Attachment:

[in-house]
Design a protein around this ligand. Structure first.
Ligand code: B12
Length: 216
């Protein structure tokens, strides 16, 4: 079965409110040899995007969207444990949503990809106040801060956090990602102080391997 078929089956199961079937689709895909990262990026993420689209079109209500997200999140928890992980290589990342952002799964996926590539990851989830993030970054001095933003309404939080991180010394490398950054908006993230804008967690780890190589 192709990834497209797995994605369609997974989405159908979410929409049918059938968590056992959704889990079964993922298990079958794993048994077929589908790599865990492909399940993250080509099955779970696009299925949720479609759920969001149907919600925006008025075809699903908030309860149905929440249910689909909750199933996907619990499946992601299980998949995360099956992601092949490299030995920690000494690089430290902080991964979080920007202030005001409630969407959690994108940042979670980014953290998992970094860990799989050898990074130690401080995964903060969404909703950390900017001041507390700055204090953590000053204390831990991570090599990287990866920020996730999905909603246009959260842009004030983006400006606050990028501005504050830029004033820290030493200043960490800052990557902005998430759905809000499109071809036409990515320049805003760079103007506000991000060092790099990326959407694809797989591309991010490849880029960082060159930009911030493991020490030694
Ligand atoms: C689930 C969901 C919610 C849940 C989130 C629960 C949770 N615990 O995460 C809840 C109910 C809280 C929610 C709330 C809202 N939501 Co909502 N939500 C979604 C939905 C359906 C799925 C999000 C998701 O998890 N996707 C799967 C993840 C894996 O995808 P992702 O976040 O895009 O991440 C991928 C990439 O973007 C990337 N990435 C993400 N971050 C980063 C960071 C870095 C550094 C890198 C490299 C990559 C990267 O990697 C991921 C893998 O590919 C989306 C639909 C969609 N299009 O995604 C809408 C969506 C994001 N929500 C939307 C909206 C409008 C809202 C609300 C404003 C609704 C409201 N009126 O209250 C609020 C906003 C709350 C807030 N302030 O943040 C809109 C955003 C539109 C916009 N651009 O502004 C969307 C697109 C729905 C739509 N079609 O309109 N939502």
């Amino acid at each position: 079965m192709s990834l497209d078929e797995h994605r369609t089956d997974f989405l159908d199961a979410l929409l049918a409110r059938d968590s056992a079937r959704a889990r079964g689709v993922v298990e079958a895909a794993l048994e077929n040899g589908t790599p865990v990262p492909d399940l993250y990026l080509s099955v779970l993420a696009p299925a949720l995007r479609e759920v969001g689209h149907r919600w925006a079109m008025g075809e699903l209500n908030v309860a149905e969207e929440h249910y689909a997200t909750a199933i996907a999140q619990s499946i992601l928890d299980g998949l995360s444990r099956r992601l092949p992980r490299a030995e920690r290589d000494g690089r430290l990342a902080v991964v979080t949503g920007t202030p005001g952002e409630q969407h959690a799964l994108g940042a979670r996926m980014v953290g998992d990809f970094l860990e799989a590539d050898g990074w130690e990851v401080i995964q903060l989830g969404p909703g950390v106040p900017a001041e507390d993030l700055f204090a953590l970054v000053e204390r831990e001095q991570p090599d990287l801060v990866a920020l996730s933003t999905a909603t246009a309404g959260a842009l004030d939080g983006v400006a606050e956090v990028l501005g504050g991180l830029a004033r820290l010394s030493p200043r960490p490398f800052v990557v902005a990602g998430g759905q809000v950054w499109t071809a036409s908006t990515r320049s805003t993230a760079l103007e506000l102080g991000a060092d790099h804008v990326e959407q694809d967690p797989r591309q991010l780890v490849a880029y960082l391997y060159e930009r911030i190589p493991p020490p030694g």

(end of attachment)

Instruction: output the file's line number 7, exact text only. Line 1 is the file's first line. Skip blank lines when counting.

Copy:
């Amino acid at each position: 079965m192709s990834l497209d078929e797995h994605r369609t089956d997974f989405l159908d199961a979410l929409l049918a409110r059938d968590s056992a079937r959704a889990r079964g689709v993922v298990e079958a895909a794993l048994e077929n040899g589908t790599p865990v990262p492909d399940l993250y990026l080509s099955v779970l993420a696009p299925a949720l995007r479609e759920v969001g689209h149907r919600w925006a079109m008025g075809e699903l209500n908030v309860a149905e969207e929440h249910y689909a997200t909750a199933i996907a999140q619990s499946i992601l928890d299980g998949l995360s444990r099956r992601l092949p992980r490299a030995e920690r290589d000494g690089r430290l990342a902080v991964v979080t949503g920007t202030p005001g952002e409630q969407h959690a799964l994108g940042a979670r996926m980014v953290g998992d990809f970094l860990e799989a590539d050898g990074w130690e990851v401080i995964q903060l989830g969404p909703g950390v106040p900017a001041e507390d993030l700055f204090a953590l970054v000053e204390r831990e001095q991570p090599d990287l801060v990866a920020l996730s933003t999905a909603t246009a309404g959260a842009l004030d939080g983006v400006a606050e956090v990028l501005g504050g991180l830029a004033r820290l010394s030493p200043r960490p490398f800052v990557v902005a990602g998430g759905q809000v950054w499109t071809a036409s908006t990515r320049s805003t993230a760079l103007e506000l102080g991000a060092d790099h804008v990326e959407q694809d967690p797989r591309q991010l780890v490849a880029y960082l391997y060159e930009r911030i190589p493991p020490p030694g």